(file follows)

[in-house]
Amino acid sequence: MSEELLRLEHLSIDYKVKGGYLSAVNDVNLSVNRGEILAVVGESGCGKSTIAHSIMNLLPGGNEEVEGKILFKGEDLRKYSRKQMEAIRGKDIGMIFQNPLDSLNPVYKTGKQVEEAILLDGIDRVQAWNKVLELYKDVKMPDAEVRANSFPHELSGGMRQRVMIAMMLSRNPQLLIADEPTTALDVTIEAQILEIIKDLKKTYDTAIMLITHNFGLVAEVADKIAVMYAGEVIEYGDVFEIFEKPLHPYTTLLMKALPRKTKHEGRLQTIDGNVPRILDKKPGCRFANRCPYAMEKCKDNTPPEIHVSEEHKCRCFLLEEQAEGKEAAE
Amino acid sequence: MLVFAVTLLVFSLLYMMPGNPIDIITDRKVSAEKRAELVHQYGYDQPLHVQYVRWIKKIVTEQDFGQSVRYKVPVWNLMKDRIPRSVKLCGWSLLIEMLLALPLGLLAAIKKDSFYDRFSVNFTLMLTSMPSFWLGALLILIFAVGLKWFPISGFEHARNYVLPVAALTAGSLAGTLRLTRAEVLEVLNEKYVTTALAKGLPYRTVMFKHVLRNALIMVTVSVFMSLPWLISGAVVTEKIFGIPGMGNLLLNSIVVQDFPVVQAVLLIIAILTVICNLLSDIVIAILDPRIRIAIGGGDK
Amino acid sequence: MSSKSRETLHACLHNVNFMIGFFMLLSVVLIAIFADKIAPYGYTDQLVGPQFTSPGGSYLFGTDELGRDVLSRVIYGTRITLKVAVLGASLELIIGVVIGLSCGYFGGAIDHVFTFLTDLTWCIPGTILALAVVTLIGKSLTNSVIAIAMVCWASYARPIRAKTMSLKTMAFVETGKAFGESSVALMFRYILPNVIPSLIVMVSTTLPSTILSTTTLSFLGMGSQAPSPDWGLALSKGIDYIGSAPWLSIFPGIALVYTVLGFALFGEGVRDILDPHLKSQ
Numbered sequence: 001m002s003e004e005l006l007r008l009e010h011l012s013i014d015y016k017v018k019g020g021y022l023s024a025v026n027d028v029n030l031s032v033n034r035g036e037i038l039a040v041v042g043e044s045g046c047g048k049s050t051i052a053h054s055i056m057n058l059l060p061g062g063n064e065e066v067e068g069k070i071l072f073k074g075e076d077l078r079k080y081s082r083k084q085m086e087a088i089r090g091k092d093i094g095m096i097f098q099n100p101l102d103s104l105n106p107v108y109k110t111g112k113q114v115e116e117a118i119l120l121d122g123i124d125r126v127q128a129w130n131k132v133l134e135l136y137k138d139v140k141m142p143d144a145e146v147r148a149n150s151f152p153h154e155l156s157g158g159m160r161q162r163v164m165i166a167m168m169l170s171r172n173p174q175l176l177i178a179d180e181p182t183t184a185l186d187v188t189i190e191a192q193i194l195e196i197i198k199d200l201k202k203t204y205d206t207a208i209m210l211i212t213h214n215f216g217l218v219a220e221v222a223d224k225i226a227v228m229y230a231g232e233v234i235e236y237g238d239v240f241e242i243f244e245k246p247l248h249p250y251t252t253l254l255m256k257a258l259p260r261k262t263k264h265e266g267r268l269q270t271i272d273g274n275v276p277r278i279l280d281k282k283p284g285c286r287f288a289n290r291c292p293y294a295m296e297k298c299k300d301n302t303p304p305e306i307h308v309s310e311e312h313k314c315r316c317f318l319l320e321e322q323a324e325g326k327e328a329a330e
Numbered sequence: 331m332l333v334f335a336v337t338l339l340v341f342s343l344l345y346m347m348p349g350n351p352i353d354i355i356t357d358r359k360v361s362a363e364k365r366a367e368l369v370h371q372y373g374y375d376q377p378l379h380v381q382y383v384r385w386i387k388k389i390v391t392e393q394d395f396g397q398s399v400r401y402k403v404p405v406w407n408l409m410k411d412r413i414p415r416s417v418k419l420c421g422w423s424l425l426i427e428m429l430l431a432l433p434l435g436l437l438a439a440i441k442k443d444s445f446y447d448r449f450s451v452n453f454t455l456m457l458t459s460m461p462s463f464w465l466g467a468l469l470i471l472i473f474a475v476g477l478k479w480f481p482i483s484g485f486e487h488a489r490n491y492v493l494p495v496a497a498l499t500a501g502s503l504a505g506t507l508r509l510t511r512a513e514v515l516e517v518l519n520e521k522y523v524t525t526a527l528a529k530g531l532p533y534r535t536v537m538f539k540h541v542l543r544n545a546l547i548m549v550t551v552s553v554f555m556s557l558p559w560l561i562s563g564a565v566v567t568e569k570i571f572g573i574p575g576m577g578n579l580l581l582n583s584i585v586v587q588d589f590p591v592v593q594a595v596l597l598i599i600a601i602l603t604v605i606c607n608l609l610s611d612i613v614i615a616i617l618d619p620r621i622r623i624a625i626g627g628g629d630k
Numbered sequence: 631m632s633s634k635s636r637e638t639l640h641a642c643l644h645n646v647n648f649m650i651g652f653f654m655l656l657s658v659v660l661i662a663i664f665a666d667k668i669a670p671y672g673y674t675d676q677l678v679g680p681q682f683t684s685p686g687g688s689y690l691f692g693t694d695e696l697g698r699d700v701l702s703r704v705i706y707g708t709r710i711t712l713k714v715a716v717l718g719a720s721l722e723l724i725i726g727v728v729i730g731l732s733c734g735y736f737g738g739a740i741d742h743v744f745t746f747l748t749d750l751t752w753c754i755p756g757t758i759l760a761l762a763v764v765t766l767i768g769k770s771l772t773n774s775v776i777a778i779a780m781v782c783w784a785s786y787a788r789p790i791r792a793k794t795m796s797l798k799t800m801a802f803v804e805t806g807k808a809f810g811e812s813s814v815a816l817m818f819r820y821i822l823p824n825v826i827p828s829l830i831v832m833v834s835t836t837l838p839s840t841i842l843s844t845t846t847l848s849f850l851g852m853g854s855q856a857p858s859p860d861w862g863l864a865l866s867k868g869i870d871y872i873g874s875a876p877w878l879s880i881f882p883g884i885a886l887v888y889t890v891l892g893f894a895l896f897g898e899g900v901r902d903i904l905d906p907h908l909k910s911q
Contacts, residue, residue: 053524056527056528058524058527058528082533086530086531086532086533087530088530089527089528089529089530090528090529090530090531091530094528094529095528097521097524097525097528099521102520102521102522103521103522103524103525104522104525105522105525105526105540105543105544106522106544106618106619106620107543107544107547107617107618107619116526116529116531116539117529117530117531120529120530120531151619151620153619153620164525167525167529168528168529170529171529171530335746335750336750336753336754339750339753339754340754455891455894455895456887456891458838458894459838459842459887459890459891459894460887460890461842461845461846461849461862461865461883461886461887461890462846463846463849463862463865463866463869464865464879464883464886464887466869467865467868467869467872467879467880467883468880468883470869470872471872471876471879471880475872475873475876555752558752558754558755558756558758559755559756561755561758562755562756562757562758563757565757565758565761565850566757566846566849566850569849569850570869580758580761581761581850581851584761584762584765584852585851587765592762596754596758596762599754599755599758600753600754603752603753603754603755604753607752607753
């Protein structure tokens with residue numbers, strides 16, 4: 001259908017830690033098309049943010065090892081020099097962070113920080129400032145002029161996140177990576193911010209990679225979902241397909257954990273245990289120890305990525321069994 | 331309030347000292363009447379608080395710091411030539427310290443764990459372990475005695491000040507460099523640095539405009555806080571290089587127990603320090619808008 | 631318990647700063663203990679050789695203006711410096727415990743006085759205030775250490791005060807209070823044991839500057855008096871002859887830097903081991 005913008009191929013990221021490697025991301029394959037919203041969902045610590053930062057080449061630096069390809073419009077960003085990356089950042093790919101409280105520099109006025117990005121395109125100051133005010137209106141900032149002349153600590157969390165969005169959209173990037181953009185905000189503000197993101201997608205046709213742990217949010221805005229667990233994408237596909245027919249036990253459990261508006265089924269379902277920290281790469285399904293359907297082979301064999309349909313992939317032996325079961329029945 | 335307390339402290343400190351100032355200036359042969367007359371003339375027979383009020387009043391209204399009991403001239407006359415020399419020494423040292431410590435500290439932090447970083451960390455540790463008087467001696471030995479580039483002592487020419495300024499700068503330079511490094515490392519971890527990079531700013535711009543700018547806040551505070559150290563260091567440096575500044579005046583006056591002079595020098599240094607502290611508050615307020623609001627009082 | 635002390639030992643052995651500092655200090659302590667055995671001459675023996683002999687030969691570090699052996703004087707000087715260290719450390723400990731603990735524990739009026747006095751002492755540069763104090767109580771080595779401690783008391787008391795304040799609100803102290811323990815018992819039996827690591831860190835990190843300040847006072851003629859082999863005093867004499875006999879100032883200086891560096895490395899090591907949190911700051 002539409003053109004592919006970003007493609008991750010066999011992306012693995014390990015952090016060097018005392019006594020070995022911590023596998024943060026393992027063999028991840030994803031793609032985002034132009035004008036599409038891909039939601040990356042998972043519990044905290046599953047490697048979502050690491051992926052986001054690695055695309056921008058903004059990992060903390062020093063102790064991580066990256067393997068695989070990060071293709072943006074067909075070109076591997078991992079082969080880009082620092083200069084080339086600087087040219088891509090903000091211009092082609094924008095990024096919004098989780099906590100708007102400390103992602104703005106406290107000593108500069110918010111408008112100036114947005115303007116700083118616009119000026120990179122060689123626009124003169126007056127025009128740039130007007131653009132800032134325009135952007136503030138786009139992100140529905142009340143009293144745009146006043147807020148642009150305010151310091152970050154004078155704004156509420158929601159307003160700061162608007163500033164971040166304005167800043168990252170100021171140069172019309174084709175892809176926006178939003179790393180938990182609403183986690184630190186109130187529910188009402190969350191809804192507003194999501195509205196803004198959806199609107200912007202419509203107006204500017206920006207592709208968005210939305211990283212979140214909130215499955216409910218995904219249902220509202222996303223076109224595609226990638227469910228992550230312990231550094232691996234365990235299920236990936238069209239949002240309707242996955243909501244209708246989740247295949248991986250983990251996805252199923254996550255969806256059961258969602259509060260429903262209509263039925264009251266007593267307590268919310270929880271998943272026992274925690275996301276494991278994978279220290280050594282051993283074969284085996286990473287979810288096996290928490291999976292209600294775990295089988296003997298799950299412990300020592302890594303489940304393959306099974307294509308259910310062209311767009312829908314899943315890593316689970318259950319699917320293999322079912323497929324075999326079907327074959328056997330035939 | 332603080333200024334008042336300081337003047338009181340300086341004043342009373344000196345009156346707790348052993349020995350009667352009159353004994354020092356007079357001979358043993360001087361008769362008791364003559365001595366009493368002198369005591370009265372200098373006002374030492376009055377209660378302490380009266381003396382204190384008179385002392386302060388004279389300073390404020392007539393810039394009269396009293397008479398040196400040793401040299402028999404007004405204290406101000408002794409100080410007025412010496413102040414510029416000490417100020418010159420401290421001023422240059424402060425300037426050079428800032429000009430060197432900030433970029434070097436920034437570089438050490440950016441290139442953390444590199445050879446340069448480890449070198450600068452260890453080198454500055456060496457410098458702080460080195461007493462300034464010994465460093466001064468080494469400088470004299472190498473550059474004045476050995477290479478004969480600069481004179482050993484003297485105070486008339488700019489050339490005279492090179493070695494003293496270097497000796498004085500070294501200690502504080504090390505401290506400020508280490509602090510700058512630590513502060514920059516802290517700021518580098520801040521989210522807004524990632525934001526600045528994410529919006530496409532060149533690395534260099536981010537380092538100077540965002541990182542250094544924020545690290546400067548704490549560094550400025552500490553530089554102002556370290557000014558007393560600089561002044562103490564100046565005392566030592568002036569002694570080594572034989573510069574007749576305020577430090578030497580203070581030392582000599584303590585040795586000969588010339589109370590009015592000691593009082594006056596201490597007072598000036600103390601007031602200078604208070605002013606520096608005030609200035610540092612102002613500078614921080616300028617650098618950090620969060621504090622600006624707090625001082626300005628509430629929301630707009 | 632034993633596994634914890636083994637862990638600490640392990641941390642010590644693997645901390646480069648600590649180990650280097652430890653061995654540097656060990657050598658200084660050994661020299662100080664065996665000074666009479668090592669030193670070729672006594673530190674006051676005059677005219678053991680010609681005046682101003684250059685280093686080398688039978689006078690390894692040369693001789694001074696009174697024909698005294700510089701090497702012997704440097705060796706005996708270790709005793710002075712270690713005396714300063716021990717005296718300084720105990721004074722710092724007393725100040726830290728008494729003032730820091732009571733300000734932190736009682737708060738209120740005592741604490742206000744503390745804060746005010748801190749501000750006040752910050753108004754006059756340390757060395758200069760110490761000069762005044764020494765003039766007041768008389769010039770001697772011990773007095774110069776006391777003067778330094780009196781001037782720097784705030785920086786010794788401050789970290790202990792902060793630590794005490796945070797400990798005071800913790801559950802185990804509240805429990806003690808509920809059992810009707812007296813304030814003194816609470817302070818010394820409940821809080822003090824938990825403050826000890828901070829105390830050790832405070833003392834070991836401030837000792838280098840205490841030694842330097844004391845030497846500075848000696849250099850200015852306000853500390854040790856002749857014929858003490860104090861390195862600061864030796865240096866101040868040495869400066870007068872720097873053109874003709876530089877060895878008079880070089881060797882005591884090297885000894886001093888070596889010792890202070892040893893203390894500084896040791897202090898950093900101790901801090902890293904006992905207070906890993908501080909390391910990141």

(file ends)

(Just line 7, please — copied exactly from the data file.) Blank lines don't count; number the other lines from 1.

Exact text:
Numbered sequence: 631m632s633s634k635s636r637e638t639l640h641a642c643l644h645n646v647n648f649m650i651g652f653f654m655l656l657s658v659v660l661i662a663i664f665a666d667k668i669a670p671y672g673y674t675d676q677l678v679g680p681q682f683t684s685p686g687g688s689y690l691f692g693t694d695e696l697g698r699d700v701l702s703r704v705i706y707g708t709r710i711t712l713k714v715a716v717l718g719a720s721l722e723l724i725i726g727v728v729i730g731l732s733c734g735y736f737g738g739a740i741d742h743v744f745t746f747l748t749d750l751t752w753c754i755p756g757t758i759l760a761l762a763v764v765t766l767i768g769k770s771l772t773n774s775v776i777a778i779a780m781v782c783w784a785s786y787a788r789p790i791r792a793k794t795m796s797l798k799t800m801a802f803v804e805t806g807k808a809f810g811e812s813s814v815a816l817m818f819r820y821i822l823p824n825v826i827p828s829l830i831v832m833v834s835t836t837l838p839s840t841i842l843s844t845t846t847l848s849f850l851g852m853g854s855q856a857p858s859p860d861w862g863l864a865l866s867k868g869i870d871y872i873g874s875a876p877w878l879s880i881f882p883g884i885a886l887v888y889t890v891l892g893f894a895l896f897g898e899g900v901r902d903i904l905d906p907h908l909k910s911q